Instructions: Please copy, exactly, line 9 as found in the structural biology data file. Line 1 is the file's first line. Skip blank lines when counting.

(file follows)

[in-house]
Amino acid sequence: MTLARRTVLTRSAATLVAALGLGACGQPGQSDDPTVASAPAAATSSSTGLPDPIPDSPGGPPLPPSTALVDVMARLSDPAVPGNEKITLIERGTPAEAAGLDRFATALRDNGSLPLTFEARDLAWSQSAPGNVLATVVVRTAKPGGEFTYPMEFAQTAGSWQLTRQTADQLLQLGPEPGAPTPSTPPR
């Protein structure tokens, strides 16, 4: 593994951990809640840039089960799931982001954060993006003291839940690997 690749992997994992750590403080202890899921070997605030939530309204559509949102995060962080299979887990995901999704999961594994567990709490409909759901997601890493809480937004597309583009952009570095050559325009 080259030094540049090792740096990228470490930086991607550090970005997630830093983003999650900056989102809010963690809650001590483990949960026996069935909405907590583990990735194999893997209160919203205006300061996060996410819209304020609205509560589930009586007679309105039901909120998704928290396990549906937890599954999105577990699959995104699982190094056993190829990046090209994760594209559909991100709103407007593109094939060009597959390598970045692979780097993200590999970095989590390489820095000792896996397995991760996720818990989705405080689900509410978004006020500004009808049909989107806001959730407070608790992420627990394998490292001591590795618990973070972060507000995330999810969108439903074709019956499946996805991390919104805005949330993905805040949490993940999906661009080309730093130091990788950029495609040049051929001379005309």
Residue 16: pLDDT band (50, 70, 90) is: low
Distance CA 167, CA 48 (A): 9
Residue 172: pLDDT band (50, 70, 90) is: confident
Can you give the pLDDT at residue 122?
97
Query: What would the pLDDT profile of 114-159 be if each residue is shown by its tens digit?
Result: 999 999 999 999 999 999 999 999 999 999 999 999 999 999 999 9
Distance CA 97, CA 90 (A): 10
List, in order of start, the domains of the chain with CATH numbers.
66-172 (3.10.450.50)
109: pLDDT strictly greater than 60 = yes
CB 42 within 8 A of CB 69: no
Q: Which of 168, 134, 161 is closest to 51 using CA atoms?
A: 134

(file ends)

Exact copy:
Query: What would the pLDDT profile of 114-159 be if each residue is shown by its tens digit?